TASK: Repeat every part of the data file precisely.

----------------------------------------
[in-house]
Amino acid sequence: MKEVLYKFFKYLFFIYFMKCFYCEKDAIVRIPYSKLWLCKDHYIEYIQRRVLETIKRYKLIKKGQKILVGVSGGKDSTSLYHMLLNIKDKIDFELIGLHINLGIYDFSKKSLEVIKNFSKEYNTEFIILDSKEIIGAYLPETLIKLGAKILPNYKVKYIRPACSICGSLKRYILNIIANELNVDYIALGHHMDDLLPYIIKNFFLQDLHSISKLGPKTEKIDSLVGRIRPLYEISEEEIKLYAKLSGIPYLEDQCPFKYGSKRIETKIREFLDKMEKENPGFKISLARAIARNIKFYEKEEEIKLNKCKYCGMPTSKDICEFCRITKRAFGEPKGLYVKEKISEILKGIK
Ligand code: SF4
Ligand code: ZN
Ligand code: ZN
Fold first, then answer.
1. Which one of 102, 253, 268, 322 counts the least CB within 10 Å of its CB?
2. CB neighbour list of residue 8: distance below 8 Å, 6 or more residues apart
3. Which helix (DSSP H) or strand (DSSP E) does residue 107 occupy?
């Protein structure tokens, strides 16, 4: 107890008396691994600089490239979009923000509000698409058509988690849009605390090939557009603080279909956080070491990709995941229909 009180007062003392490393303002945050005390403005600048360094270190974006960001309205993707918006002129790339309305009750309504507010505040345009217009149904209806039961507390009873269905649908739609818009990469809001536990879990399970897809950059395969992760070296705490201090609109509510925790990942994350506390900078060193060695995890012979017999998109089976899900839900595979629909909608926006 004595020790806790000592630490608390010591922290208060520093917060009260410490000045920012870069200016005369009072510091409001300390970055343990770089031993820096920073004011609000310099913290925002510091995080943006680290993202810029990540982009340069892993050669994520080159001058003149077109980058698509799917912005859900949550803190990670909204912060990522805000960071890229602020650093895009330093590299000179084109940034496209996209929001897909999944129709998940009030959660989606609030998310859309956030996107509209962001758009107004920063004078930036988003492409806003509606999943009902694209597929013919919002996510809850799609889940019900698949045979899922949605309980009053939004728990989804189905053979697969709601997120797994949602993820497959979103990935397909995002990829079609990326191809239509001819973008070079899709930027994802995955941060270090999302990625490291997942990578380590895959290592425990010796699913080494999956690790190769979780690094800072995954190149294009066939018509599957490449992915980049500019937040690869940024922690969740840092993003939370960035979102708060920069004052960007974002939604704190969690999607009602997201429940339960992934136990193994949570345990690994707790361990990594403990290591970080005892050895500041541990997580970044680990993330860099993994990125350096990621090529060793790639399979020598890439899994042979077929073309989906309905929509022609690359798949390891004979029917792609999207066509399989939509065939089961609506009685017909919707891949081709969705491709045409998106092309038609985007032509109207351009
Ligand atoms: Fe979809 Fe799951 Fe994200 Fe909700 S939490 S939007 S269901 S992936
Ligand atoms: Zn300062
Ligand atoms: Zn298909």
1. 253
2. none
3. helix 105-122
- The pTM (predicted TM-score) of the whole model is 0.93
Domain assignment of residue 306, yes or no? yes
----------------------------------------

[in-house]
Amino acid sequence: MKEVLYKFFKYLFFIYFMKCFYCEKDAIVRIPYSKLWLCKDHYIEYIQRRVLETIKRYKLIKKGQKILVGVSGGKDSTSLYHMLLNIKDKIDFELIGLHINLGIYDFSKKSLEVIKNFSKEYNTEFIILDSKEIIGAYLPETLIKLGAKILPNYKVKYIRPACSICGSLKRYILNIIANELNVDYIALGHHMDDLLPYIIKNFFLQDLHSISKLGPKTEKIDSLVGRIRPLYEISEEEIKLYAKLSGIPYLEDQCPFKYGSKRIETKIREFLDKMEKENPGFKISLARAIARNIKFYEKEEEIKLNKCKYCGMPTSKDICEFCRITKRAFGEPKGLYVKEKISEILKGIK
Ligand code: SF4
Ligand code: ZN
Ligand code: ZN
Fold first, then answer.
1. Which one of 102, 253, 268, 322 counts the least CB within 10 Å of its CB?
2. CB neighbour list of residue 8: distance below 8 Å, 6 or more residues apart
3. Which helix (DSSP H) or strand (DSSP E) does residue 107 occupy?
């Protein structure tokens, strides 16, 4: 107890008396691994600089490239979009923000509000698409058509988690849009605390090939557009603080279909956080070491990709995941229909 009180007062003392490393303002945050005390403005600048360094270190974006960001309205993707918006002129790339309305009750309504507010505040345009217009149904209806039961507390009873269905649908739609818009990469809001536990879990399970897809950059395969992760070296705490201090609109509510925790990942994350506390900078060193060695995890012979017999998109089976899900839900595979629909909608926006 004595020790806790000592630490608390010591922290208060520093917060009260410490000045920012870069200016005369009072510091409001300390970055343990770089031993820096920073004011609000310099913290925002510091995080943006680290993202810029990540982009340069892993050669994520080159001058003149077109980058698509799917912005859900949550803190990670909204912060990522805000960071890229602020650093895009330093590299000179084109940034496209996209929001897909999944129709998940009030959660989606609030998310859309956030996107509209962001758009107004920063004078930036988003492409806003509606999943009902694209597929013919919002996510809850799609889940019900698949045979899922949605309980009053939004728990989804189905053979697969709601997120797994949602993820497959979103990935397909995002990829079609990326191809239509001819973008070079899709930027994802995955941060270090999302990625490291997942990578380590895959290592425990010796699913080494999956690790190769979780690094800072995954190149294009066939018509599957490449992915980049500019937040690869940024922690969740840092993003939370960035979102708060920069004052960007974002939604704190969690999607009602997201429940339960992934136990193994949570345990690994707790361990990594403990290591970080005892050895500041541990997580970044680990993330860099993994990125350096990621090529060793790639399979020598890439899994042979077929073309989906309905929509022609690359798949390891004979029917792609999207066509399989939509065939089961609506009685017909919707891949081709969705491709045409998106092309038609985007032509109207351009
Ligand atoms: Fe979809 Fe799951 Fe994200 Fe909700 S939490 S939007 S269901 S992936
Ligand atoms: Zn300062
Ligand atoms: Zn298909």
1. 253
2. none
3. helix 105-122
- The pTM (predicted TM-score) of the whole model is 0.93
Domain assignment of residue 306, yes or no? yes